[Show abstract][Hide abstract] ABSTRACT: Streptococcus equi subspecies zooepidemicus (S. zooepidemicus) is a zoonotic pathogen for persons in contact with horses. In horses, S. zooepidemicus is an opportunistic pathogen, but human infections associated with S. zooepidemicus are often severe. Within 6 months in 2011, 3 unrelated cases of severe, disseminated S. zooepidemicus infection occurred in men working with horses in eastern Finland. To clarify the pathogen's epidemiology, we describe the clinical features of the infection in 3 patients and compare the S. zooepidemicus isolates from the human cases with S. zooepidemicus isolates from horses. The isolates were analyzed by using pulsed-field gel electrophoresis, multilocus sequence typing, and sequencing of the szP gene. Molecular typing methods showed that human and equine isolates were identical or closely related. These results emphasize that S. zooepidemicus transmitted from horses can lead to severe infections in humans. As leisure and professional equine sports continue to grow, this infection should be recognized as an emerging zoonosis.
[Show abstract][Hide abstract] ABSTRACT: Early diagnosis of complicated course in febrile neutropenia is cumbersome due to the non-specificity of clinical and laboratory signs of severe infection. This prospective study included 100 adult hematological patients with febrile neutropenia after intensive chemotherapy at the onset of fever (d0) and for 3days (d1-d3) thereafter. The study aim was to find early predictors for complicated course of febrile neutropenia, defined as bacteremia or septic shock. Interleukin 6 (IL-6), interleukin 10 (IL-10), procalcitonin (PCT) and C-reactive protein (CRP) all predicted complicated course of febrile neutropenia on d0, but only PCT was predictive throughout the study period. For IL-10 on d0-1 with cut-off 37ng/L, sensitivity was 0.71, specificity 0.82, positive predictive value 0.52 and negative predictive value 0.92. For PCT on d0-1 with cut-off 0.13μg/L, the respective measures were 0.95, 0.53, 0.36, and 0.98. For the combination of IL-10 and PCT on d0-1 with the same cut-offs, specificity improved to 0.85 and positive predictive value to 0.56. In conclusion, the present study confirms the high negative predictive value of PCT and provides new evidence for IL-10 as an early predictor for complicated course of febrile neutropenia in hematological patients. Combining IL-10 with PCT improves the early prediction for complicated course of febrile neutropenia.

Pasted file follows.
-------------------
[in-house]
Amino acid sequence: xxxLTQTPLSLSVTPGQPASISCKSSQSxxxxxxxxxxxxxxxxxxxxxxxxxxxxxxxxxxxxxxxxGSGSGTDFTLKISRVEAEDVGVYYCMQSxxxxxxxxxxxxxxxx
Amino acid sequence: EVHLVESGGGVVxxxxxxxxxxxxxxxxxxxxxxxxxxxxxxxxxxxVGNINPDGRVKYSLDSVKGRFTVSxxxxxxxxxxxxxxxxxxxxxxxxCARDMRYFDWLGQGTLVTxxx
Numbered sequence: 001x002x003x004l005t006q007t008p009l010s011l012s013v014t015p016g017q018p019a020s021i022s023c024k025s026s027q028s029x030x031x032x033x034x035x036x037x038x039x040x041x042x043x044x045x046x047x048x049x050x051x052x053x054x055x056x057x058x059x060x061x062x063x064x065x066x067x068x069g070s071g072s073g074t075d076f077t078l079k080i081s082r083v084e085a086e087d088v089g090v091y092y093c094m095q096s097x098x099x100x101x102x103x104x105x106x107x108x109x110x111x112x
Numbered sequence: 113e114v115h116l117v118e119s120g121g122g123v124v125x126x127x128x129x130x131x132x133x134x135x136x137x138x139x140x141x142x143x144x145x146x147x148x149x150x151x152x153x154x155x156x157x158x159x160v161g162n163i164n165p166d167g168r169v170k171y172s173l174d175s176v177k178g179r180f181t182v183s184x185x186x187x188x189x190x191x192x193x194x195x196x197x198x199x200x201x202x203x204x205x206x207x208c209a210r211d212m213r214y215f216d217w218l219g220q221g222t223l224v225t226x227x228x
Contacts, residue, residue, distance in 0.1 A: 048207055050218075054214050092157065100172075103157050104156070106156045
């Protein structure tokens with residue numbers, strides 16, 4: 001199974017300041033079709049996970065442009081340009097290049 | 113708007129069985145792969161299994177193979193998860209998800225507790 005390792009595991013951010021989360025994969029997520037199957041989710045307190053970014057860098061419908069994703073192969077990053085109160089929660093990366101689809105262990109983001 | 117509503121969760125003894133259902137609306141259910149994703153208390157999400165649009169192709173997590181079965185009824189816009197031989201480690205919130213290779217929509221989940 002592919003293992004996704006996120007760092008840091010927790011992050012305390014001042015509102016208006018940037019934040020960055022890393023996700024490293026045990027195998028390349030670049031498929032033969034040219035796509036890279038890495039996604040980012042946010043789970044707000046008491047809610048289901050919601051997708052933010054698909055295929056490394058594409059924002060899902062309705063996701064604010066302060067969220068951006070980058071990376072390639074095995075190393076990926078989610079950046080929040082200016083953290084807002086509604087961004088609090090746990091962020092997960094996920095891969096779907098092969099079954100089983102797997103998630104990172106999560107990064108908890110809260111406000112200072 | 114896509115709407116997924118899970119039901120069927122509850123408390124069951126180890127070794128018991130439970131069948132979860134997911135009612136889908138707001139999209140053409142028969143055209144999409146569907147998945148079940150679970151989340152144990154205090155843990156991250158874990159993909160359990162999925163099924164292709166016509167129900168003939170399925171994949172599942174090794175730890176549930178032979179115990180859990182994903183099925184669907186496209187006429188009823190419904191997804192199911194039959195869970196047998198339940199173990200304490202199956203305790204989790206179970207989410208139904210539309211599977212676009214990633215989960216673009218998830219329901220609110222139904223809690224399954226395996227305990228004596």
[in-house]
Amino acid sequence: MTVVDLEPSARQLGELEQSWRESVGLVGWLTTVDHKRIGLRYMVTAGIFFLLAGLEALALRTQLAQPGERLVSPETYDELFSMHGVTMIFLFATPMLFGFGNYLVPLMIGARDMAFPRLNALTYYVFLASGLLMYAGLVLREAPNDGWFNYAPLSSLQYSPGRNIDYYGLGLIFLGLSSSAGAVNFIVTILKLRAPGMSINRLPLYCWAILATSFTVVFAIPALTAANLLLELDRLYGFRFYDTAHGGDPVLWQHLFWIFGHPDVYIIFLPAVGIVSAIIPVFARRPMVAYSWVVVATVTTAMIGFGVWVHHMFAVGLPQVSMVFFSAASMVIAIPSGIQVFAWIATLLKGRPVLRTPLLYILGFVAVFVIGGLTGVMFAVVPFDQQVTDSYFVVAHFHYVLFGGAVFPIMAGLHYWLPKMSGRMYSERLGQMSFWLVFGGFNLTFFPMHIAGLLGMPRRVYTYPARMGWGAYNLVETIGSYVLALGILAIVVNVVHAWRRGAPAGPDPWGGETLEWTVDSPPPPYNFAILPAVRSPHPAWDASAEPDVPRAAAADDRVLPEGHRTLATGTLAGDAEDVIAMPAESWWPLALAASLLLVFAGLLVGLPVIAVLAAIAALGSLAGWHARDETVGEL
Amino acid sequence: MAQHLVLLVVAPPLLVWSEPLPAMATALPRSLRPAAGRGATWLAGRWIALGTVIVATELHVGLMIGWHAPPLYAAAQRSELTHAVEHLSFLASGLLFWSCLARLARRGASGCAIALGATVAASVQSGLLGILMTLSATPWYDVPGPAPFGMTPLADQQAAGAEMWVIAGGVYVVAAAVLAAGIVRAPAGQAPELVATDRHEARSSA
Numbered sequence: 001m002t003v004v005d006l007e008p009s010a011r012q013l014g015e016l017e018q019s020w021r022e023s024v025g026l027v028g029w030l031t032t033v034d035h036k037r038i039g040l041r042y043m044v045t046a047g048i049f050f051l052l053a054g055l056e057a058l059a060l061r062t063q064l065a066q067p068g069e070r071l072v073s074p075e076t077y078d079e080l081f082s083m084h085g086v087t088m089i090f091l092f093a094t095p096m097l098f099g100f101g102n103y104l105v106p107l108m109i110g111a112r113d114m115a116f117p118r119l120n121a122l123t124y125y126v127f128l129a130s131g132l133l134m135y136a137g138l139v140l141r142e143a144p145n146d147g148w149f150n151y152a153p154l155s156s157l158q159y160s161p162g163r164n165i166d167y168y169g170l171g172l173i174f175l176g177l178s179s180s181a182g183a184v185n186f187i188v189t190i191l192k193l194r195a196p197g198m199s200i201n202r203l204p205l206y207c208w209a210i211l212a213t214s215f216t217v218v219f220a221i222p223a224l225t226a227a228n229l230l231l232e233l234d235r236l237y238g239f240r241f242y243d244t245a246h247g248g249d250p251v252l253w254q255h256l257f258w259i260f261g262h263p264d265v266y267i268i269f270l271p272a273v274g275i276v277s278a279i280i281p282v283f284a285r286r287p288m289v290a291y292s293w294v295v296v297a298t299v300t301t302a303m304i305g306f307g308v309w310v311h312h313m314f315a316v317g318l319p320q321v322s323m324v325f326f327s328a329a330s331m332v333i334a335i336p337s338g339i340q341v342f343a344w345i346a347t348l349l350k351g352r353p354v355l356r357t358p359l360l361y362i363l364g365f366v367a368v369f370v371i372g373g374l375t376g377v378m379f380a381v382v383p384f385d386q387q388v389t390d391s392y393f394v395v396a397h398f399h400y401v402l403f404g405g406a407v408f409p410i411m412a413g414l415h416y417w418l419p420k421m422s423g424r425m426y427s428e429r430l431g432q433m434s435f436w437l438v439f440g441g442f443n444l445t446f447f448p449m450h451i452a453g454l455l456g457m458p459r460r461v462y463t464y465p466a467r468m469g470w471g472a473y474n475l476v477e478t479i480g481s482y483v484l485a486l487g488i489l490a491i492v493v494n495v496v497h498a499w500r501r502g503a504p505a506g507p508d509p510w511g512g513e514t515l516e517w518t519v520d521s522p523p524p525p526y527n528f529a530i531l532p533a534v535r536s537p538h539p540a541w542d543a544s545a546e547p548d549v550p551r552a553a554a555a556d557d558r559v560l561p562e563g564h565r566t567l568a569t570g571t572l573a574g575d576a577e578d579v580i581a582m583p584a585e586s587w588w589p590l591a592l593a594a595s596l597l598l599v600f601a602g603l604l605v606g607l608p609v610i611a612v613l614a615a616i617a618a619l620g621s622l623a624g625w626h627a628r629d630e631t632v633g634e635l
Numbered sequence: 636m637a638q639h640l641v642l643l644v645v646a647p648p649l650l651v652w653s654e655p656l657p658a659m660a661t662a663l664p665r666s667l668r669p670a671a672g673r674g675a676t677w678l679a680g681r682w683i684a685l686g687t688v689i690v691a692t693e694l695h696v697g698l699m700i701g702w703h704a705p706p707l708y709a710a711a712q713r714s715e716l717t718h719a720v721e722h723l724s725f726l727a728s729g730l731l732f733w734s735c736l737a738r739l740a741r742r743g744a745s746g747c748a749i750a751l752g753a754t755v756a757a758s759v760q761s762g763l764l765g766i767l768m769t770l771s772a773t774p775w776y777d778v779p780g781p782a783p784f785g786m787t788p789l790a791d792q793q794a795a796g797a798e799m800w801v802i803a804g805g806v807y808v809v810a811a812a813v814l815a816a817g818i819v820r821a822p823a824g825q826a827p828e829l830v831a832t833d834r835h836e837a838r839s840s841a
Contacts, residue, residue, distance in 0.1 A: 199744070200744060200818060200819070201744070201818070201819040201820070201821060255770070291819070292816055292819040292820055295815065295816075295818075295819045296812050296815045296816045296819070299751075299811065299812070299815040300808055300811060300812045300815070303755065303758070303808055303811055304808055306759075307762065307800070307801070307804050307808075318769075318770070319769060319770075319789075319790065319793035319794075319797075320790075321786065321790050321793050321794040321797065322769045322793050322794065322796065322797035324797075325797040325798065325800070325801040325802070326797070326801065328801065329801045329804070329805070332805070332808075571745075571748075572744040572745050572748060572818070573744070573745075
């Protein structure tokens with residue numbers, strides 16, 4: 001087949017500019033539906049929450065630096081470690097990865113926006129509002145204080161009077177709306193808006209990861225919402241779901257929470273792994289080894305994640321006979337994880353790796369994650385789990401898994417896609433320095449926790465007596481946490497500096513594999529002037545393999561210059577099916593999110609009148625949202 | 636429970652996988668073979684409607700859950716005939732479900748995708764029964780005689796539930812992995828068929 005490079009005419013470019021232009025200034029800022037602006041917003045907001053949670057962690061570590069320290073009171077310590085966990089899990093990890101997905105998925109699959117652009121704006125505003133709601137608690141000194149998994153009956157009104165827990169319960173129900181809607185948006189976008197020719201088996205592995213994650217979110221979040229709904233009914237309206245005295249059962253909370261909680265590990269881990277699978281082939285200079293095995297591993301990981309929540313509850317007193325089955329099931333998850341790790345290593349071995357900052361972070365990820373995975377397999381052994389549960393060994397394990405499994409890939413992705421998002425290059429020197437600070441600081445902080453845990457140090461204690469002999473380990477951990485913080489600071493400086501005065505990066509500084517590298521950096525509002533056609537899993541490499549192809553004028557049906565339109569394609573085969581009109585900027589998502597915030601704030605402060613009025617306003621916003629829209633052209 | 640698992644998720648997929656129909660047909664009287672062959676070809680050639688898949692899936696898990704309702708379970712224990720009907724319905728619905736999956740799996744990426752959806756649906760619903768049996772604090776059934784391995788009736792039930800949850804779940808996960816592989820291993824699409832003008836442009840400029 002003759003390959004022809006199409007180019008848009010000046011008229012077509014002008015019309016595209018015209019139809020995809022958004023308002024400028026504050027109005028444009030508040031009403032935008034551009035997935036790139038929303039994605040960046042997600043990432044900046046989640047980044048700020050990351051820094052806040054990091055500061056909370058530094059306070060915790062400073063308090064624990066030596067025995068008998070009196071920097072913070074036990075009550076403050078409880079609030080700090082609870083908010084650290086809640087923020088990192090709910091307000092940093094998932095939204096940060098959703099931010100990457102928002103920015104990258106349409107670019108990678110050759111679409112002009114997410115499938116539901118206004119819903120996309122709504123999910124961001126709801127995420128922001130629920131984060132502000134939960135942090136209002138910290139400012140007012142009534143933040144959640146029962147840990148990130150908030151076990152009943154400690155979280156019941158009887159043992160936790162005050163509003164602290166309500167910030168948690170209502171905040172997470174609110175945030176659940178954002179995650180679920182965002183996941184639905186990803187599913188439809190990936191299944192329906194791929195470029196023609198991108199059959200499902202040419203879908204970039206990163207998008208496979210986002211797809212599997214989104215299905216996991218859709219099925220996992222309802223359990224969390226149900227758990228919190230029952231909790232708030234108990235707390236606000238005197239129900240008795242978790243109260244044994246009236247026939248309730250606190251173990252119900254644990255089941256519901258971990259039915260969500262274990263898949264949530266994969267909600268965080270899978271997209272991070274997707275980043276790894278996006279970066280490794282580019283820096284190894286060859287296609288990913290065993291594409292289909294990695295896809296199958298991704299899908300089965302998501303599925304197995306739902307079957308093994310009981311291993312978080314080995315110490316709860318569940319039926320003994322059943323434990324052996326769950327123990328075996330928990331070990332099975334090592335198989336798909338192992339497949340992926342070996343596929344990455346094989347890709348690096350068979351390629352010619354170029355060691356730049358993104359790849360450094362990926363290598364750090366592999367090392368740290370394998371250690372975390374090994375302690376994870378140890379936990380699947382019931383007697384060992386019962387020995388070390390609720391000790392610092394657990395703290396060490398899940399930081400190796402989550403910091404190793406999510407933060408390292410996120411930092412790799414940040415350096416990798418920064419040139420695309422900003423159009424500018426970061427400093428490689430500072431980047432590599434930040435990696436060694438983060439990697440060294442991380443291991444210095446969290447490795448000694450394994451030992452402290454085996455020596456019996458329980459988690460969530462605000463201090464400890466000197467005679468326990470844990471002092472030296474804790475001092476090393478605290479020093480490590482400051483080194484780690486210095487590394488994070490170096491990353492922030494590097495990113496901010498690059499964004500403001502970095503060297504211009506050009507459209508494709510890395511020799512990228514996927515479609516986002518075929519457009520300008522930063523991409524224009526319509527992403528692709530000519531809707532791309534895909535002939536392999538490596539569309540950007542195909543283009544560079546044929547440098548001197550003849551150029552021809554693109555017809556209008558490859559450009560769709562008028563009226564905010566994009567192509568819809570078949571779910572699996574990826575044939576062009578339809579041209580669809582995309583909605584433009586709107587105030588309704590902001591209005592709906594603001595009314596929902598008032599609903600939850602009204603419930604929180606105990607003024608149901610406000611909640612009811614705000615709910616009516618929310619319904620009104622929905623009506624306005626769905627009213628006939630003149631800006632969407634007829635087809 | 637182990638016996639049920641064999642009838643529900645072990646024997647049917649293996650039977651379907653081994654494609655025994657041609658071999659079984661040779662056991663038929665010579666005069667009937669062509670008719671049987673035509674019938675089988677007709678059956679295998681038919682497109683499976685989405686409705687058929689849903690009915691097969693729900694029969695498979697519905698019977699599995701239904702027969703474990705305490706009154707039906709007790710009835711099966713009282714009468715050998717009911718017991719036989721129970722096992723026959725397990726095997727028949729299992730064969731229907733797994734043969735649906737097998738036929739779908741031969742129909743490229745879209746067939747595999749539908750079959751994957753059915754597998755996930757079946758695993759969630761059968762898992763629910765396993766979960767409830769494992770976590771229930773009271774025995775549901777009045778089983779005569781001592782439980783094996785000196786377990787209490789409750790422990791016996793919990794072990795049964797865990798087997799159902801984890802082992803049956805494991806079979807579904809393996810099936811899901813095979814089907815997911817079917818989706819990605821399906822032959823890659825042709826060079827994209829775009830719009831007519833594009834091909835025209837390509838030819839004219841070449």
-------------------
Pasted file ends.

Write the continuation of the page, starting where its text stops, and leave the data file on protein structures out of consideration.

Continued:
[Show abstract][Hide abstract] ABSTRACT: Copeptin, the surrogate marker of arginine vasopressin (AVP), has been suggested to be a useful biomarker in monitoring sepsis reflecting hemodynamic imbalance and stress state. This prospective study conducted at a hematology ward in a Finnish University Hospital aimed to investigate whether plasma copeptin predicts the development of complicated course of neutropenic fever (bacteremia or need for treatment at intensive care unit) in 100 hematological patients experiencing their first neutropenic fever episode after intensive chemotherapy for hematological malignancy. Contrary to study presumptions, not elevated copeptin but the lack of a proper initial increase of plasma copeptin (<0.02 ng/mL from day 0 to day 1) predicted blood culture positive sepsis (p=0.023) and gram-negative bacteremia (p=0.045). No correlation was observed with plasma sodium, blood pressure or evaluated osmolality. Plasma copeptin correlated inversely with the same day pentraxin 3 on day 0-day 2 (all p-values <0.001) and with C-reactive protein on day 1 (p=0.015). In conclusion, copeptin did not correlate with disease severity, but the lack of a proper initial increase was associated with bacteremic complications of febrile neutropenia in hematological patients. The findings suggest the possibility of central dysregulation of AVP release and do not support the use of copeptin as a biomarker of septic complications in this patient group.
[Show abstract][Hide abstract] ABSTRACT: Mycoplasma pneumoniae causes up to 10-40 % of community-acquired pneumonias. The incidence of M. pneumoniae pneumonia is greatest among children and young adults. The symptoms of M. pneumoniae upper and lower respiratory infections are usually mild and often self-limited. The most frequent extrapulmonary complications present in CNS, heart and skin. The skin affiliations are usually transient erythematous maculopapular or vesicular rashes but may sometimes evolve into Stevens-Johnson syndrome. M. pneumoniae is one of the most common microbe behind the infectious causes of SJS. We present a patient who developed incomplete Stevens-Johnson syndrome concomitant of Mycoplasma pneumoniae pneumonia.